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William Blake's lines of verse "Jerusalem", which appear in the "Preface" to his poem "Milton", were written c.1804 and first printed c.1808.

They also appear, but with the phrase "these dark Satanic mills" (present tense) altered to "those dark Satanic mills" (by implication from context, past tense) in the well-known hymn for which the first musical score was written by Hubert Parry for "Fight for Right", an organisation which sought to build support for the British state's war effort during WW1.

The lines had previously appeared in 1915 in The Spirit of Man, an anthology of poetry and philosophy collected by the poet laureate Robert Bridges, dedicated to the monarch of Britain and similarly intended to boost support for the war. In the edition I have, the title page states that the anthology was "made" in 1915; the date of the "First Edition with India Paper" is given as January 1916; and no earlier edition printed on any other kind of paper is mentioned.

It is known that it was Bridges who approached Parry and asked him to set the lines to music, that Parry wrote the music on 10 March 1916, and that the song was first performed publicly on 28 March 1916.

I was expecting Bridges's anthology to contain the altered version of Blake's words. But in fact it doesn't. It has the words that Blake actually wrote: "these dark Satanic mills".

Prior to the 28 March 1916 performance, although it could not have been before 10 March, the Curwen publishing house published sheet music containing both Parry's tune and the words for singing along to it. This had the altered word "those", not Blake's original "these", so the first appearance of the alteration was certainly no later than 1916 - for example it was not as late as Edward Elgar's rescoring of Parry's music for orchestra in 1922.

Is there a record of who changed the words (or "asked" Parry to), when exactly they did it and in what exact circumstances, what aims they expressed, or any discussions they had about making the alteration?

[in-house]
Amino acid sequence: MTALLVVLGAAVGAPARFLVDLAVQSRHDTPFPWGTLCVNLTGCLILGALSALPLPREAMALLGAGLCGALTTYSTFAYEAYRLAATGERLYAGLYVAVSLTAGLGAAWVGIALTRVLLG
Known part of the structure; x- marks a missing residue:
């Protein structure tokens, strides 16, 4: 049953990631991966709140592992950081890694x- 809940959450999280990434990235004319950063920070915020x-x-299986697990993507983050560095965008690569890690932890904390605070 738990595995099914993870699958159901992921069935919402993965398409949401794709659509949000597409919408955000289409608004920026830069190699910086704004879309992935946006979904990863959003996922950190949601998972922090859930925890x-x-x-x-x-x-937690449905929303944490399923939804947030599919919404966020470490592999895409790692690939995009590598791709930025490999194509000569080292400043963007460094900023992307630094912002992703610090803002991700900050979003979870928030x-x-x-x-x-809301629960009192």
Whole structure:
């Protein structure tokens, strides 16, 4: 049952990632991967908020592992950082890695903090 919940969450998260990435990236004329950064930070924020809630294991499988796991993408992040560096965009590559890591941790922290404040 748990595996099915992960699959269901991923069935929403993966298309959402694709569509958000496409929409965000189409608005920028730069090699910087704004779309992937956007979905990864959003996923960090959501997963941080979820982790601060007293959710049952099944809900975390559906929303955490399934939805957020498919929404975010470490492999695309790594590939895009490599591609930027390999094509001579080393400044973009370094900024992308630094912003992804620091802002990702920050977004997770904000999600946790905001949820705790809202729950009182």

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  • Can you link to a scan of the original 1916 sheet music? I found a 1944 Curwen & Sons reprint at IMSLP but the reprint has "these", not "those". – Gareth Rees Mar 11 at 14:55
  • I was going by Paul Barlow's contribution to this discussion at Wikipedia. Is the page of the 1944 reprint with "these" at IMSLP behind a paywall? I couldn't quite figure out the navigation. (But for Bridges having "these", the source is the .pdf here [item 411]). – ruffle Mar 11 at 17:18
  • Accessing the scan at IMSLP. Starting here, click on "Complete Score", wait 15 seconds for the timeout, and click on "Click here to continue your download." (I assume this wait is a deliberate annoyance to give you an incentive to contribute to IMSLP.) – Gareth Rees Mar 11 at 17:50
  • It seems that we can't ask Paul Barlow for more details as according to his user page he is dead. – Gareth Rees Mar 11 at 17:54
  • Thanks. This is getting strange now. Michael Ferber, writing in Blake: An Illustrated Quarterly 34(3) (Winter 2000-01) gives an image of a score that has "those" but it is not clear where it is from. See also his footnote 9. Apparently Stanley Baldwin recited all four stanzas on the radio on 12 May 1926, on the day of the defeat of the general strike. I wonder which version he used. – ruffle Mar 11 at 19:08

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